Mum’s tip

My little girl has terrible trouble getting her wind up. 

I started baby massage and found it brilliant for bringing up her wind. If that doesn’t work try some gripe water.

Gillian burke 

Burping positions 

1. Sit upright and hold your baby against your chest with her chin on your shoulder while you support her bottom with one hand. Gently pat your baby’s back with your other hand.

2. Hold your baby sitting up, in your lap or across your knee. Support your baby’s chest and head with one hand holding your baby’s chin in the palm of your hand. Rest the heel of your hand on your baby’s chest making sure that you are holding your baby’s chin and not the throat. Pat your baby’s back gently with your other hand.

3. Lay your baby on your lap on her stomach. Make sure that her head is supported and that it’s higher than her chest. Gently pat her back.

Keep your baby as upright as possible during a feed, whether breast or bottle fed, and if bottle fed always make sure the milk is covering the full area of the teat to avoid any extra air getting in which can be gulped down.

If you find your baby struggles a little to get up wind here are a few tips you can try from

  • Walking with your baby in your arms or in a baby sling, the upright position gently helps to relax them.
  • Put a gentle little bump or bounce in your walk.
  • Skin-to-skin contact may relax baby and wind may break more easily.
  • Try the ‘magic baby hold’ – this gets best results when done by the dad, grandfather or uncles. Baby’s back is held against dad’s tummy, with baby tummy resting on dad’s crossed arms. Baby’s legs and arms gently fall either side of dad’s arms. Baby will love this position.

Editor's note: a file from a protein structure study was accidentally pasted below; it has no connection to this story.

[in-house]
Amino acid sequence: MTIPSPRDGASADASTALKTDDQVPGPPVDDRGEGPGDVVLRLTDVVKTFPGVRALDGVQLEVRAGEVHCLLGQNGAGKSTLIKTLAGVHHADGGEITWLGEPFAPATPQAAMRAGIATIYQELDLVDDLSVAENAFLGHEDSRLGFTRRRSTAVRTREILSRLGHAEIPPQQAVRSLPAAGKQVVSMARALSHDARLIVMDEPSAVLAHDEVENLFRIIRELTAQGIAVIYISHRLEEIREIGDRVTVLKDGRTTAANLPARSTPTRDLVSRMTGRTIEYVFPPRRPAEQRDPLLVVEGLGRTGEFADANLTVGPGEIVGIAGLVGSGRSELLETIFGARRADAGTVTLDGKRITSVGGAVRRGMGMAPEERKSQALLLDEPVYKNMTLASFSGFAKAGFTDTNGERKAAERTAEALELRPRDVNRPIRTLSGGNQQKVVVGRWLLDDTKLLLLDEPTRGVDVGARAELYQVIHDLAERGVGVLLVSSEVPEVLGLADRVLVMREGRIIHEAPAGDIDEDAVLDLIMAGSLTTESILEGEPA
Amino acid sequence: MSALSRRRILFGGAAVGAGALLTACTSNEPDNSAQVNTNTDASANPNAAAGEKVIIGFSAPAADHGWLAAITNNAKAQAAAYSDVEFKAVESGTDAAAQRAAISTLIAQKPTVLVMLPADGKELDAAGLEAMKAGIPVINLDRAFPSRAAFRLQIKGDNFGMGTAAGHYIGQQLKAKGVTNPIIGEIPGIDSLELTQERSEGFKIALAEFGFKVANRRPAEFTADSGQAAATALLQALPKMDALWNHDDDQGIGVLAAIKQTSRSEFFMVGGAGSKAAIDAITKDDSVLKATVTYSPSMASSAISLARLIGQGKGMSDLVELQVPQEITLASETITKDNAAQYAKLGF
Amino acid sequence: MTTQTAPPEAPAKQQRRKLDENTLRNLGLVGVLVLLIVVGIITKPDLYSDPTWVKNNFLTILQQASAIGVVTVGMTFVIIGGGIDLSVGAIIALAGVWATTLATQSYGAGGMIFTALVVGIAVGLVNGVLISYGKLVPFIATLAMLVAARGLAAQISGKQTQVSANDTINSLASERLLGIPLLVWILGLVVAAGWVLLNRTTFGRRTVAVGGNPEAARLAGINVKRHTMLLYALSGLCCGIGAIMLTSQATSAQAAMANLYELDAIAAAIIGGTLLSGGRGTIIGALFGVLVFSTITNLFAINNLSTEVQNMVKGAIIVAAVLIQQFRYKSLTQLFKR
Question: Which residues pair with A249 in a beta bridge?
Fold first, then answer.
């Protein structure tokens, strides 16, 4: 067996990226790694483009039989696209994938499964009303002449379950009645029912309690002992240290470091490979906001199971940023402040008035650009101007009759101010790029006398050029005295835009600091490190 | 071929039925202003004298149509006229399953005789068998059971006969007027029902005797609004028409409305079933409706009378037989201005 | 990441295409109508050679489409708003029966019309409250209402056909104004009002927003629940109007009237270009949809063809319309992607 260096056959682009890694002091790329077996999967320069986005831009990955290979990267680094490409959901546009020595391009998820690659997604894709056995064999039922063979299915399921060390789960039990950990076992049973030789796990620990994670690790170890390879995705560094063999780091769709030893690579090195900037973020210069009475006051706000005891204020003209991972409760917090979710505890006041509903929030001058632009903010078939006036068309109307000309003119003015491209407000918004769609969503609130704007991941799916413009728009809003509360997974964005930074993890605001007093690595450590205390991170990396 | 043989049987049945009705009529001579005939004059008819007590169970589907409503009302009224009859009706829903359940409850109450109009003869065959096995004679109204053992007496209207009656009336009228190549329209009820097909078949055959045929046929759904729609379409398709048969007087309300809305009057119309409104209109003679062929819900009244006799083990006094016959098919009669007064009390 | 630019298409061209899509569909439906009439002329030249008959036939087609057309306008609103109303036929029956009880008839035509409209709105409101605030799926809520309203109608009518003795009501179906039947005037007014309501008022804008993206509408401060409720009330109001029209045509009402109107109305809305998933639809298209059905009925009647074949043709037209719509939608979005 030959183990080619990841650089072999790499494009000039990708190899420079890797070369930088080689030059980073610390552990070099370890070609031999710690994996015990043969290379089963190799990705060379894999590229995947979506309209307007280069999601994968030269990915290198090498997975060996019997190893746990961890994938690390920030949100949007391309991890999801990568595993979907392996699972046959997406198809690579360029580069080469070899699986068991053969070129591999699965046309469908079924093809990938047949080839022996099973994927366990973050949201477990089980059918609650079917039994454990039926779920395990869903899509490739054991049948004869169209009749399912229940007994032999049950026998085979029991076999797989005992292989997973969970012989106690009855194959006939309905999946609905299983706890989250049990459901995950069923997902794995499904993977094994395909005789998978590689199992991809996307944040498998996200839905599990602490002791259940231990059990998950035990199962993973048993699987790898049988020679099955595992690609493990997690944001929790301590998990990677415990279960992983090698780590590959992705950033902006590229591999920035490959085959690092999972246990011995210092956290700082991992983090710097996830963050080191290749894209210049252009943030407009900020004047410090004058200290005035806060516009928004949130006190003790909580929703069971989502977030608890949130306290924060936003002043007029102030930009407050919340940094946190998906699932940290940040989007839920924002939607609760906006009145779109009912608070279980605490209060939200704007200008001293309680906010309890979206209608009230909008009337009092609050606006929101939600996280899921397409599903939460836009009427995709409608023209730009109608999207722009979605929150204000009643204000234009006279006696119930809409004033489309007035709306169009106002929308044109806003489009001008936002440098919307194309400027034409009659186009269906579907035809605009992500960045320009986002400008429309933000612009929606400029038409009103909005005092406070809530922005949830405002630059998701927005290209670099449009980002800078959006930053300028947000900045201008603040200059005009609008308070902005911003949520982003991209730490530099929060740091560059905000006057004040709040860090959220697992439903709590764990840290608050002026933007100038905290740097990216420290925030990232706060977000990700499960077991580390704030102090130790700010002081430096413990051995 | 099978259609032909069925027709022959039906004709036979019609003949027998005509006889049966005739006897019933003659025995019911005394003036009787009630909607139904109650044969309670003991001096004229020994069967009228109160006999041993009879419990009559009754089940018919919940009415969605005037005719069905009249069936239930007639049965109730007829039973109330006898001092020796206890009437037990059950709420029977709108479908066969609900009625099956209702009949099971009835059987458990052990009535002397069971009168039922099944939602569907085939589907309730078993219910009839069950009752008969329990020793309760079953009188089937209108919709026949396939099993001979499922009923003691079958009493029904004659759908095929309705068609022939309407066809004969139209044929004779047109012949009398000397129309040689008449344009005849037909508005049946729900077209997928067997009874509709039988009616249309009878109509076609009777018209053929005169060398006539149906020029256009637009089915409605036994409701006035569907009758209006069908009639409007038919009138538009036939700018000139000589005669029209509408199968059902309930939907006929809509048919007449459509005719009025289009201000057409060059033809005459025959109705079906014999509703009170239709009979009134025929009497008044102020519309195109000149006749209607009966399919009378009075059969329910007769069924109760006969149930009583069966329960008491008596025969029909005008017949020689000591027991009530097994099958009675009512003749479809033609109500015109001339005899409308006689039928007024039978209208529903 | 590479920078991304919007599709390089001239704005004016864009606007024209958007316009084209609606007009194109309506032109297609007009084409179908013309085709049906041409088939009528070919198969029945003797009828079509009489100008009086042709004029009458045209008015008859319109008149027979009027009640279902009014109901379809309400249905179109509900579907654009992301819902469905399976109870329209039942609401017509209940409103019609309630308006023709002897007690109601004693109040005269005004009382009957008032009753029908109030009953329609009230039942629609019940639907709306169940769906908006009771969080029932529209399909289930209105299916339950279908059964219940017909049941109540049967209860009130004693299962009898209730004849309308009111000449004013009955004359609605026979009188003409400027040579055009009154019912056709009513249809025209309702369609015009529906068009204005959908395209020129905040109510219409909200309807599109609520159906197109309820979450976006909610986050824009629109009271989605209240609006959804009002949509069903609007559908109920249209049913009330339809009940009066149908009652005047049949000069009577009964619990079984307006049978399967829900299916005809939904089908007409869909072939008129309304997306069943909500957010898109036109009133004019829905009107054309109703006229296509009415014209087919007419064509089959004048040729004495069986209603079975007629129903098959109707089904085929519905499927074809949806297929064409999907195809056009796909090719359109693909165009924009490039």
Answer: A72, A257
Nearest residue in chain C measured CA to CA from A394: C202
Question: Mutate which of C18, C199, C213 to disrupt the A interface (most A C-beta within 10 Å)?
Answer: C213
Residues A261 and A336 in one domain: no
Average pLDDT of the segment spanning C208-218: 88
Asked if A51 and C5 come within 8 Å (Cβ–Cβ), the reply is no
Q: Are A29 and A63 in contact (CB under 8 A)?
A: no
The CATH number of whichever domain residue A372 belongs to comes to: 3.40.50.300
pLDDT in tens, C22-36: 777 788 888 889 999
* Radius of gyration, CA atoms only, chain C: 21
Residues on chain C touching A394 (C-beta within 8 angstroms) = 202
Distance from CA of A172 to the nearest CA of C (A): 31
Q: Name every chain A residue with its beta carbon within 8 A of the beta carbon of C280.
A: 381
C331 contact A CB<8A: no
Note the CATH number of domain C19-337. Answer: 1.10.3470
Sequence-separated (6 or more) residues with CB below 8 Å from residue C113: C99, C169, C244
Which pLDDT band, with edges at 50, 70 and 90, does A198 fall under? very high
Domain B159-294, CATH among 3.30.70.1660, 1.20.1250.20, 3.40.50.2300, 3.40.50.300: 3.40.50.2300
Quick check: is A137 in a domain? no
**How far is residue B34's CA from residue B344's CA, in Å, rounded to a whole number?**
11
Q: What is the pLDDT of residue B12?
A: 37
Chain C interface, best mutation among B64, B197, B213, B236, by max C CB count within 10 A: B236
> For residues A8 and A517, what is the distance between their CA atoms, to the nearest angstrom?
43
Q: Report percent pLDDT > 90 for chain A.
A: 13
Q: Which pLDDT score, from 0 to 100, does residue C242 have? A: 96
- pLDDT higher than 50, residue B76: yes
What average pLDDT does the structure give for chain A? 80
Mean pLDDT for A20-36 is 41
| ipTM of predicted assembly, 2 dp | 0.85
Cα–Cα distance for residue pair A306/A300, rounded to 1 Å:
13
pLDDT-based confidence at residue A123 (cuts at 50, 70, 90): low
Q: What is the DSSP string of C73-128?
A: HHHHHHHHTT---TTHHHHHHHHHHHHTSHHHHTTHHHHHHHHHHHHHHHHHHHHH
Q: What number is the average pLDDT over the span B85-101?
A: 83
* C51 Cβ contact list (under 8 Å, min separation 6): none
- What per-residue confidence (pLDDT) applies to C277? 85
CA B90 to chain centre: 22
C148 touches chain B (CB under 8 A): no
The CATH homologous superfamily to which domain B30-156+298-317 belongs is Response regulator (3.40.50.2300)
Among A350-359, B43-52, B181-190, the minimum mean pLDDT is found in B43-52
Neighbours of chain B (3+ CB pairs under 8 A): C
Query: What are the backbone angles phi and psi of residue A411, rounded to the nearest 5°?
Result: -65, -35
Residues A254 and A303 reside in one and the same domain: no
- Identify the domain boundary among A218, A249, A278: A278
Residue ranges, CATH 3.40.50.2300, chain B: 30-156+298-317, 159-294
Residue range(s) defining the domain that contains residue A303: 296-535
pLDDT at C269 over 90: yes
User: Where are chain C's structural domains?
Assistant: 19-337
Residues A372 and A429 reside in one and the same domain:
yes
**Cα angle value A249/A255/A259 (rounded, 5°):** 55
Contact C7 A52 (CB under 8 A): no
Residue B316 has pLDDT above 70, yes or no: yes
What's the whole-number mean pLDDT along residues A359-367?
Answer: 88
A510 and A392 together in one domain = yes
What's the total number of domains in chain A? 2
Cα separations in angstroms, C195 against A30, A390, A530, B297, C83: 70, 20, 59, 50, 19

• Try again to feed baby, breastmilk actually contains some natural elements, which act like a pain relief for baby which may help with wind discomfort.

More you might like

Unwrap that wind
Common baby stomach troubles
Coping with persistent crying

Ask Sarah

Q I’ve heard a lot about the Paleo diet and as I am very interested in reducing the amount of processed foods and grain based meals my family eats, we are considering following this diet. From what I read it seems to be a back-to-basics type of eating. Is a Paleo diet safe for children? My kids are aged seven and nine.

A The Paleo diet is one of the most fashionable diets around at the moment. It is also known as the ‘caveman diet’ and is based on cutting out processed foods, starchy foods like bread and potatoes and eating more meat, vegetables and fruit.